By Jia Lynn Yang – The story is the same every time: A measure that would change the tax treatment of “carried interest” passes the House, only to hit a wall in the Senate.
“This is not a tax benefit that’s available to doctors or teachers or firefighters. It’s a tax benefit that’s only available to investment managers,” said Victor Fleischer, an associate professor of law at the University of Colorado at Boulder. more> http://bwbx.io/ydaq
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By Joseph E. Stiglitz – Underpinning reform should be a clear understanding of a financial system’s functions — and an awareness of how poorly ours filled its roles. It did a dismal job of allocating capital (providing credit to the creditworthy); managing risk, and running an efficient payments mechanism.
On several aspects of reform there is (outside the vested interests) broad consensus: A strong financial product safety commission is imperative. Regulatory structures matter, and it is essential that there be a regulator that sees its first obligation as protecting ordinary Americans against the rampant abuses pervasive in the financial industry. more> http://bwbx.io/AWYA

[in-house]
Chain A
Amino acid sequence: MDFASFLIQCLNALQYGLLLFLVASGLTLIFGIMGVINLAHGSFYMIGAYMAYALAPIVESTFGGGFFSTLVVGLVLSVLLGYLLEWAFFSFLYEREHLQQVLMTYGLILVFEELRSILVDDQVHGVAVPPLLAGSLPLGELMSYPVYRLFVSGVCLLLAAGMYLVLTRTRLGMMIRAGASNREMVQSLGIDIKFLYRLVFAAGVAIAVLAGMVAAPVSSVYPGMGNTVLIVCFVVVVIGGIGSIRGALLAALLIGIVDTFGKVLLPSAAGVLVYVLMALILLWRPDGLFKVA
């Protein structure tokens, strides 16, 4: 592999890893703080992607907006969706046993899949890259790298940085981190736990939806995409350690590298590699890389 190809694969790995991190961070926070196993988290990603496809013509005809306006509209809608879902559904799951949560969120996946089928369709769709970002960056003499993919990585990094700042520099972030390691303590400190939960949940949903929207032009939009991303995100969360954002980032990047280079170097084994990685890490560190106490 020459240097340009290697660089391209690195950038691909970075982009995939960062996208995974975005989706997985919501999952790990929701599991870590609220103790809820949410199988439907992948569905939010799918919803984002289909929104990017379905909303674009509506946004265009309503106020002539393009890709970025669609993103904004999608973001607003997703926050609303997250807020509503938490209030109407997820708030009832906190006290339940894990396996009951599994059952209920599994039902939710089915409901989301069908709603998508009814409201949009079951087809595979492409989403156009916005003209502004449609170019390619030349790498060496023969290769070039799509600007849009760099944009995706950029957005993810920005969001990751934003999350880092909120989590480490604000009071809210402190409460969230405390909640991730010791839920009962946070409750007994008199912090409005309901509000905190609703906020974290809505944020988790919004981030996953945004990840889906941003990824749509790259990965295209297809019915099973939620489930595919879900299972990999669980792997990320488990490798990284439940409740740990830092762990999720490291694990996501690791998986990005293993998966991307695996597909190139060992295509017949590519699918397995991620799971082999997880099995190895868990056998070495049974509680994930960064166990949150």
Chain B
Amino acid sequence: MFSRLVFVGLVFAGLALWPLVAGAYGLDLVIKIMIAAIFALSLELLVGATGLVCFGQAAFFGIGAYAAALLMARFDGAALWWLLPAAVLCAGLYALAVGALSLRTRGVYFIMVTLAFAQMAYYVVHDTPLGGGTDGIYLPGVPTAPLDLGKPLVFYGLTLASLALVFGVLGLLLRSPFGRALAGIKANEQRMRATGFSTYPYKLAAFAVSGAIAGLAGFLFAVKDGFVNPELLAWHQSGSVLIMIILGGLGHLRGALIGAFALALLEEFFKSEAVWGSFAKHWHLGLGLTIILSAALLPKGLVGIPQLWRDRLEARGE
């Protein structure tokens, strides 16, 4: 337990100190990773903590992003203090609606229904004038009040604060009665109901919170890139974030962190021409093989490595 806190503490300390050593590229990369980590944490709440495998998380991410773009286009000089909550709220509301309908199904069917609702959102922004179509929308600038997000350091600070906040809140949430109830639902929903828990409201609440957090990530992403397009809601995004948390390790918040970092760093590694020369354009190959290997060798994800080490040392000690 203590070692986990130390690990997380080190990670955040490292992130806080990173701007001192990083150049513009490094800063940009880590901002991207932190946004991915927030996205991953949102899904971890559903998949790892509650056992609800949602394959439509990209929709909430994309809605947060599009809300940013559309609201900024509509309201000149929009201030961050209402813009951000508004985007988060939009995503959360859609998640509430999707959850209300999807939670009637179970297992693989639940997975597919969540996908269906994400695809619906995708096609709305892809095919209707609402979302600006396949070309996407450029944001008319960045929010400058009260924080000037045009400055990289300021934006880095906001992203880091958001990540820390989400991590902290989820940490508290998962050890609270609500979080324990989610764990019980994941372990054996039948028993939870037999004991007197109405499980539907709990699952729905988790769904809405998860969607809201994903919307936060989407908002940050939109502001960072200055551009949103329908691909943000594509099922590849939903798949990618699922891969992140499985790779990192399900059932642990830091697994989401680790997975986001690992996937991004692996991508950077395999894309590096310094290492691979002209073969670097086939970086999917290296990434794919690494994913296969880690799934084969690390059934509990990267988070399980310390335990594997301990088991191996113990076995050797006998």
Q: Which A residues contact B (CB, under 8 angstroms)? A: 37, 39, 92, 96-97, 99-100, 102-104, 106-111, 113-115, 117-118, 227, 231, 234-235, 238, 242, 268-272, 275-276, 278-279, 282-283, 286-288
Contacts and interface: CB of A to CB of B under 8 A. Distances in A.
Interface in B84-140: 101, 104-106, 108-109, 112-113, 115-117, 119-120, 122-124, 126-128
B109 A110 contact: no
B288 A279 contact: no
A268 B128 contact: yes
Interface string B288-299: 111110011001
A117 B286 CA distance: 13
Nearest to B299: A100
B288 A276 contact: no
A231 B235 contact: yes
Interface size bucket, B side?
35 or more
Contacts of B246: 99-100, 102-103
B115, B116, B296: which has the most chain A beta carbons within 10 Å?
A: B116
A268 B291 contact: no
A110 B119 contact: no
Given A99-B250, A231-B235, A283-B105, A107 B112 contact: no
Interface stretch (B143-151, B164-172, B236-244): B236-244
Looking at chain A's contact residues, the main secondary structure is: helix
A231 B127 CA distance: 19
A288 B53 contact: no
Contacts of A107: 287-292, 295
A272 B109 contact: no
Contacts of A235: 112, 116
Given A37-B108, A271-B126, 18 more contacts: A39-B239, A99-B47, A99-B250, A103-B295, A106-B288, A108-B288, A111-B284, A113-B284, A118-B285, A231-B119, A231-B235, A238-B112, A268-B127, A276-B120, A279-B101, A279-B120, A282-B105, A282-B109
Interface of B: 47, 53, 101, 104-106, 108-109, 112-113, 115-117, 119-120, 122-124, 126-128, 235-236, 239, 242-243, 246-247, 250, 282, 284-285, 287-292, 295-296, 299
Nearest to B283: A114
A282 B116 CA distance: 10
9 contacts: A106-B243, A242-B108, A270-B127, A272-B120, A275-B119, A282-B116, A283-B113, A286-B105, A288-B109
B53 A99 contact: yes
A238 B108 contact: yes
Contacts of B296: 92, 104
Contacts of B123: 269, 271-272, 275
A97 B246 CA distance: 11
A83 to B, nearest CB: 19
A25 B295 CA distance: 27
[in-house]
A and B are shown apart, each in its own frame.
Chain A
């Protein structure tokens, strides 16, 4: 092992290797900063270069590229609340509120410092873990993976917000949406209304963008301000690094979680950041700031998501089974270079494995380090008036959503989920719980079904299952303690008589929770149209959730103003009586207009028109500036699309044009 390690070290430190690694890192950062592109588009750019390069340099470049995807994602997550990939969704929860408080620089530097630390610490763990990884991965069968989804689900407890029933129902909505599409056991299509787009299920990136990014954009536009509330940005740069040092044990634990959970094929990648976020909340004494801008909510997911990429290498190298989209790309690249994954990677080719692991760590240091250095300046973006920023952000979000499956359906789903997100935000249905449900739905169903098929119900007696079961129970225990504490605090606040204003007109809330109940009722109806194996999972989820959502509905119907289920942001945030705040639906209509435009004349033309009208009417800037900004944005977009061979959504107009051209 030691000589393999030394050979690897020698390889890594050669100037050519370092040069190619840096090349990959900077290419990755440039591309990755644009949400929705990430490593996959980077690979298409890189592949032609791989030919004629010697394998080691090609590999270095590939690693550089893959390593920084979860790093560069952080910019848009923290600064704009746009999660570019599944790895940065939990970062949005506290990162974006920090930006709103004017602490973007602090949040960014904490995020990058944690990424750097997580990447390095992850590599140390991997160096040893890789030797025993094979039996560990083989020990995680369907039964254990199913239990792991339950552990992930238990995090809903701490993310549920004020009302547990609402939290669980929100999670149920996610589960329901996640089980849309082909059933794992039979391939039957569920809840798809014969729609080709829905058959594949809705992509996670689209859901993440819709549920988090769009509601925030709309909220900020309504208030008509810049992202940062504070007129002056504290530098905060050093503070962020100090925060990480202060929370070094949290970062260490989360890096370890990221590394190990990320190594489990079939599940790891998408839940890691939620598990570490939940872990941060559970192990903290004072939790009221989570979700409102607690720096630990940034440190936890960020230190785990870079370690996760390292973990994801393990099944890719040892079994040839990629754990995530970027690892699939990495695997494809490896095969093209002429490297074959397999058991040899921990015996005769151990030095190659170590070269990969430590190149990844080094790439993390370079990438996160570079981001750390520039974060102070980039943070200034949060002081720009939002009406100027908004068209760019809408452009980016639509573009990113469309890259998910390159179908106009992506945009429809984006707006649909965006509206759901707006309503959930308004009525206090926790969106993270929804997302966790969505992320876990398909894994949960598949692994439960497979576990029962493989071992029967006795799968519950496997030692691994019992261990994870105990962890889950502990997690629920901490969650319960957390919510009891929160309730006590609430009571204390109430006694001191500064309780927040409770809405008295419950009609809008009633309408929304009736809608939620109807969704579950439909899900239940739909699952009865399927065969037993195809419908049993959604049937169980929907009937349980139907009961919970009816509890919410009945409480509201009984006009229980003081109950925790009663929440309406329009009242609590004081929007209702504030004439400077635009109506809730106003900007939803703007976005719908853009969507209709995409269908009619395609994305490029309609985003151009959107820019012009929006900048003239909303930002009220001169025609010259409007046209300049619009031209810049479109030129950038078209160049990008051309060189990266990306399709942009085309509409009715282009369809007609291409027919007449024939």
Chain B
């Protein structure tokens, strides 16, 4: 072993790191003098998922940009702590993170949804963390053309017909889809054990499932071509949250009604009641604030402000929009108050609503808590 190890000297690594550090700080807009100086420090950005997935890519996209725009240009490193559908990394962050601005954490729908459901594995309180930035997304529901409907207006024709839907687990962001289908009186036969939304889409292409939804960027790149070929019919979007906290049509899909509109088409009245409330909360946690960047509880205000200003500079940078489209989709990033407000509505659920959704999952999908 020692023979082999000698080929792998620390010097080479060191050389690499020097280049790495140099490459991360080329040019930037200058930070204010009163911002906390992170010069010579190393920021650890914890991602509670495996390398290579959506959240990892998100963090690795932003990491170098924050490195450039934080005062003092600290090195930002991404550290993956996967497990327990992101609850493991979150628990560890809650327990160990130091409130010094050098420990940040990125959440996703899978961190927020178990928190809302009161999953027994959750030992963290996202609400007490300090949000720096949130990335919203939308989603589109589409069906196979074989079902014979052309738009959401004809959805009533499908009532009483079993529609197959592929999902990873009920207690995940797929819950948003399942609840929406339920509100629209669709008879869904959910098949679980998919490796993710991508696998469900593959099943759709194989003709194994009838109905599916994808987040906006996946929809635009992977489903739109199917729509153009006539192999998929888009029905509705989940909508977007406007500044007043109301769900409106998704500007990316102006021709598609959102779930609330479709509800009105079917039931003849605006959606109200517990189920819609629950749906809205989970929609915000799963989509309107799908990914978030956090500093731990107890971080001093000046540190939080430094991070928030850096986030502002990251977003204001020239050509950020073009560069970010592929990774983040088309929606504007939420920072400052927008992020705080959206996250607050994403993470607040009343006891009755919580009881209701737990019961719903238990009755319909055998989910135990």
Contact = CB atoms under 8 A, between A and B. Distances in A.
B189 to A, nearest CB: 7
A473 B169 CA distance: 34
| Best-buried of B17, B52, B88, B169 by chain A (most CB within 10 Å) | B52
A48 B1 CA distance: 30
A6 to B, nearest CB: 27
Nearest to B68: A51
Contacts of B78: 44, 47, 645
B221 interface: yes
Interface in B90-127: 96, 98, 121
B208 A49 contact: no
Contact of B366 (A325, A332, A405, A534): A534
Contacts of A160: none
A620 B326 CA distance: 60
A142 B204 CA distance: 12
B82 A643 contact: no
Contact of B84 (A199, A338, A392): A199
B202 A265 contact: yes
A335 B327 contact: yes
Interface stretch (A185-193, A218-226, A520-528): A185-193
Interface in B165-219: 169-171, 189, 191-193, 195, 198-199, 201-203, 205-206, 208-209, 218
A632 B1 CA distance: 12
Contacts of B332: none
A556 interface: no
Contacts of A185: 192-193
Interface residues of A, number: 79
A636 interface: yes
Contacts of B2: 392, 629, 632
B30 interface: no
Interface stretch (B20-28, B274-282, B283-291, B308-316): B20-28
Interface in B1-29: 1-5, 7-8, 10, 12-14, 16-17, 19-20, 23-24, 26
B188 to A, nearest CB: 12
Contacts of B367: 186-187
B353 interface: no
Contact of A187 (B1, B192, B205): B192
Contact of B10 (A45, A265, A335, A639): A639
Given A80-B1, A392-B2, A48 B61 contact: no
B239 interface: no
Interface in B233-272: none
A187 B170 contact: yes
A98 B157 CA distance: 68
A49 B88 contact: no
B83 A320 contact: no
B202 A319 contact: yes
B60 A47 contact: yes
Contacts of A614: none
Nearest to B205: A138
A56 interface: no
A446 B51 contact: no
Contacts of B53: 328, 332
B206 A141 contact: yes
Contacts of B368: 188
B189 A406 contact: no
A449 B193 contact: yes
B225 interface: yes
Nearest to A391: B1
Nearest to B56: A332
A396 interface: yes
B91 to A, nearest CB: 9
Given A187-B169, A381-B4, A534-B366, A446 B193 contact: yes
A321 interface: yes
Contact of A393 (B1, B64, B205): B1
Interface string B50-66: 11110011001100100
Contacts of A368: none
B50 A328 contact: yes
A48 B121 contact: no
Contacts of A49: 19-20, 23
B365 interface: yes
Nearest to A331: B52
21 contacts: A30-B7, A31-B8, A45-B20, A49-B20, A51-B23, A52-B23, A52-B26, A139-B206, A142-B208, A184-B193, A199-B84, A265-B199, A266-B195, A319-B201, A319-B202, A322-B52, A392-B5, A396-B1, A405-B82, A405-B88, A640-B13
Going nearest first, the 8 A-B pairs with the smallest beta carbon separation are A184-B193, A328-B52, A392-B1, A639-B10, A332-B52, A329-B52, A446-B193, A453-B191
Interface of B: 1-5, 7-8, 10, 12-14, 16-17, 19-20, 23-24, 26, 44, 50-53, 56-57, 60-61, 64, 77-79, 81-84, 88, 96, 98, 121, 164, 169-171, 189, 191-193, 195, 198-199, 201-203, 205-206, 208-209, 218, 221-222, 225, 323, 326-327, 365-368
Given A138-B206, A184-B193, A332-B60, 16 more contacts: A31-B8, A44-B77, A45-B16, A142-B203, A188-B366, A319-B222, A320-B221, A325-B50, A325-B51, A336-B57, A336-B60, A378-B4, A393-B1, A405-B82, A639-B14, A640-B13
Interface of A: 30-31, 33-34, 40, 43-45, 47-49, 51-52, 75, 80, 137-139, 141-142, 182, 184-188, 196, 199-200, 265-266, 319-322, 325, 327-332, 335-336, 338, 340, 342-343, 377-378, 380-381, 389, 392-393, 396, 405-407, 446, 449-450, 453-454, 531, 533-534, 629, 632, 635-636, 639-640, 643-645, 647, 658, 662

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Economist – If there’s an area where Americans should feel out-competed by foreigners, I’d say we should feel out-competed by the transparency and responsibility of Dutch democracy. American politicians generally claim they want to cut the budget deficit. When a Dutch political party says it wants lower deficits, it actually outlines an electoral program with details about how it plans to cut spending and/or raise taxes. For example, …
The closest thing American parties have to an electoral program, the Republican and Democratic platforms from back in 2008, essentially don’t contain any budget numbers. more> http://tinyurl.com/2d49ycr
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BOOK REVIEW By James Pressley -
Fault Lines: How Hidden Fractures Still Threaten the World Economy, Raghuram G. Rajan, Princeton University Press, ISBN: 978-0691146836 http://bwbx.io/ueqU
It’s fun to play Pin the Meltdown on the greedy bankers, meddling governments and lying homebuyers. Yet these individuals, for all their shortcomings, were only responding to three sets of fault lines, Rajan argues: domestic political pressures, trade imbalances and incompatible financial systems. more> http://bwbx.io/ueqU
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